Howard Ashman put words in the mouths of an ugly beast, a beautiful girl, a little mermaid, a man-eating plant and a teapot.
Yes, a teapot. This Baltimore-born lyricist, director and producer had the magical power to animate the inanimate.
The strength of his magic will be evident tomorrow night, when "Beauty and the Beast" -- the Disney animated feature on which he served as executive producer as well as lyricist -- competes for six Academy Awards, including best picture. (The other nominations are for three original songs, score and sound.)
Although "Beauty and the Beast" is likely to win many of these, chances are it won't take the top prize. Being the first animated film ever nominated for best picture will probably be considered ample honor. Much of that honor belongs to Ashman, who died of AIDS at age 40 a little more than a year ago.
The period in which Ashman's talent was recognized by a widespread public was sadly brief: It began in 1982 with the opening of his off-Broadway smash hit, "Little Shop of Horrors," and continued through the recent release of "Beauty and the Beast." But in that short time, he conveyed a lifelong love of fairy tales to an entire nation. In less than a decade, Ashman reawakened the child in us all.
"Little Shop," based on a 1960 grade-Z Roger Corman horror movie, might not seem like your standard fairy tale, but it was to Ashman, who not only wrote the libretto, but also directed the stage show. In a 1984 interview, when the touring production played the Mechanic Theatre, he took issue with those who labeled the show "camp."
"Camp has a nasty edge," he said. " 'Little Shop' is more humanistic than that. 'Little Shop' is a fairy tale. Camp doesn't ask you to love its characters."
And Ashman did love his characters; whether they were flora, fauna or crockery, he imbued them with dignity. In "Under the Sea," his 1989 Academy Award-winning song from "The Little Mermaid," the aquatic creatures not only sing, they form a hip calypso band.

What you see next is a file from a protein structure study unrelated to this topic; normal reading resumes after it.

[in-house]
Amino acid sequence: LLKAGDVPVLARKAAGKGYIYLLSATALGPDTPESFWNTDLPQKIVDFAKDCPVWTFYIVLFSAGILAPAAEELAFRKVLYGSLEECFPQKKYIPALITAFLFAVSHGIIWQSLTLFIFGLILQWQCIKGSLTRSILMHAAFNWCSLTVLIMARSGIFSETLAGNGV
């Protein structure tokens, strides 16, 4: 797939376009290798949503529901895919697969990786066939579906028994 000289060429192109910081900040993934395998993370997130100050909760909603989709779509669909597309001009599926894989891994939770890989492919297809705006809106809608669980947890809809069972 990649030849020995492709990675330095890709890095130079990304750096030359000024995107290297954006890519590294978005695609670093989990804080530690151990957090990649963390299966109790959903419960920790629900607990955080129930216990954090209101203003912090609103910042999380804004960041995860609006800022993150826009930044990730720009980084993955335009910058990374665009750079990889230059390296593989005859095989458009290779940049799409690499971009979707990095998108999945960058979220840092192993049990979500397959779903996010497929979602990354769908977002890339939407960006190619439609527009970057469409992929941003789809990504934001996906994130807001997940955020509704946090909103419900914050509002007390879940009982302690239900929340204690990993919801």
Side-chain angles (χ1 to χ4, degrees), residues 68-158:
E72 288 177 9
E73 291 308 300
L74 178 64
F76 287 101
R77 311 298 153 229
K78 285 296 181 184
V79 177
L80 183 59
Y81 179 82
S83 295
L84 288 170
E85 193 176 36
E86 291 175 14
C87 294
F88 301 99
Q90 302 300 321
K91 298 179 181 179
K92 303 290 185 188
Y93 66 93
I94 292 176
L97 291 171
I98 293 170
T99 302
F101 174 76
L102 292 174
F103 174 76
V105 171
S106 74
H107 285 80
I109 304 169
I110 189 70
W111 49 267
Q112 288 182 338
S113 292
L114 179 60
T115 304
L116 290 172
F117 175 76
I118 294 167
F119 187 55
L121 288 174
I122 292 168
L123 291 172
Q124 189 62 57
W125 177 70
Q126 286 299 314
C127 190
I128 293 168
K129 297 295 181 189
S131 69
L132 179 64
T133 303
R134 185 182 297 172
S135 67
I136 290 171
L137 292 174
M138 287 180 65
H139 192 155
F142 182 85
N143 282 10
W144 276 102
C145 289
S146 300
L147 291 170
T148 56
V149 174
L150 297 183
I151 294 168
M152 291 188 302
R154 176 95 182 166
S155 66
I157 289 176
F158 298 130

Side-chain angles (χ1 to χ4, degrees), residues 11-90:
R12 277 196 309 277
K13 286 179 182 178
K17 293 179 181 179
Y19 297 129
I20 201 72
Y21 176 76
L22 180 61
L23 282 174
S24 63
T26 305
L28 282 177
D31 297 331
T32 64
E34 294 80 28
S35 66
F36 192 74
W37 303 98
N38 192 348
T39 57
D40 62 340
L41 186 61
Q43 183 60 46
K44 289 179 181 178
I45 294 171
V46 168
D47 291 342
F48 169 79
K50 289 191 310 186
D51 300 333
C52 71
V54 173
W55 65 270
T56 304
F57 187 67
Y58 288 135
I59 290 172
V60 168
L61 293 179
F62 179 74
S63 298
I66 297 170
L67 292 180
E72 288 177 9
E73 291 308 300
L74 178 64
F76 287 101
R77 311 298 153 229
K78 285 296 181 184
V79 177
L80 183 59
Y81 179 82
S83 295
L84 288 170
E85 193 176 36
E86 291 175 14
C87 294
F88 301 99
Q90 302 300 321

But even more than a basic respect for everything from newts to carp, a recurring theme in Ashman's work is improbable love -- the love between the nerdy assistant in a florist shop and a real babe in "Little Shop," between a mermaid and a human in "The Little Mermaid," and, of course, between a beautiful girl and a hideous beast in "Beauty and the Beast."
Underlying all of these love stories is the lesson that appearances are unimportant, and more significantly, that the unlikely is possible. On a deeper level, as Bruno Bettelheim points out in his classic analysis, "The Uses of Enchantment," the union of seemingly polar opposites is what "permits us to attain complete human fulfillment." In other words, embracing the unknown is one of the ways we grow up.
"There's something sweet and almost kind,
But he was mean and he was coarse and unrefined.
And now he's dear, and so I'm sure
I wonder why I didn't see it there before?"
"Something There" (from "Beauty and the Beast") **
And, now that "Beauty and the Beast" has become the best-selling soundtrack album in Disney history, Ashman's lovely, clear statement of these themes is virtually omnipresent on radio, in shopping malls and even on elevators.
But it would probably be a mistake to over-analyze these fairy tales. Granted, a major reason for the popularity of Ashman's work is that he chose material that strikes a common chord. But an equally significant reason is the humor and playfulness with which he approached it.
His interest in animation harks back to early childhood, when his maternal grandmother would take her grandchildren downtown to the movies on Saturdays. (These excursions must have made a strong impression because Ashman's only sibling, Sarah Gillespie, also ended up working with cartoons, as vice president and director of comic art for the United Media syndicate.)
Ashman got his first taste of theater from the Children's Theatre Association, a group with which he was active from age 7 until he graduated from Milford Mill High School in 1967. Patterns were forming in his life even then. When he was a teen-ager, the group produced a play he'd written called, "The Snow Queen," based on a story by Hans Christian Andersen, author of "The Little Mermaid."
Ashman's knack for creating speaking parts for objects and animals was almost as long-standing as his fascination with fairy tales. At Milford Mill, he co-wrote an original musical called "The Brat's Meow," loosely adapted from "Dick Whittington's Cat." "I was into anthropomorphizing even then," he recalled in 1984. "The cat was played by a strapping 6-foot-2-inch fellow."
In fact, Ashman was so adept at granting the power of speech -- and song -- to everything from cats to cactuses that when I interviewed him in New York in the heyday of "Little Shop," I half expected to hear a few words from the houseplant in the next room.
Alas, Ashman confessed, "Plants and I don't get along. I've done so much for them, and they're so ungrateful."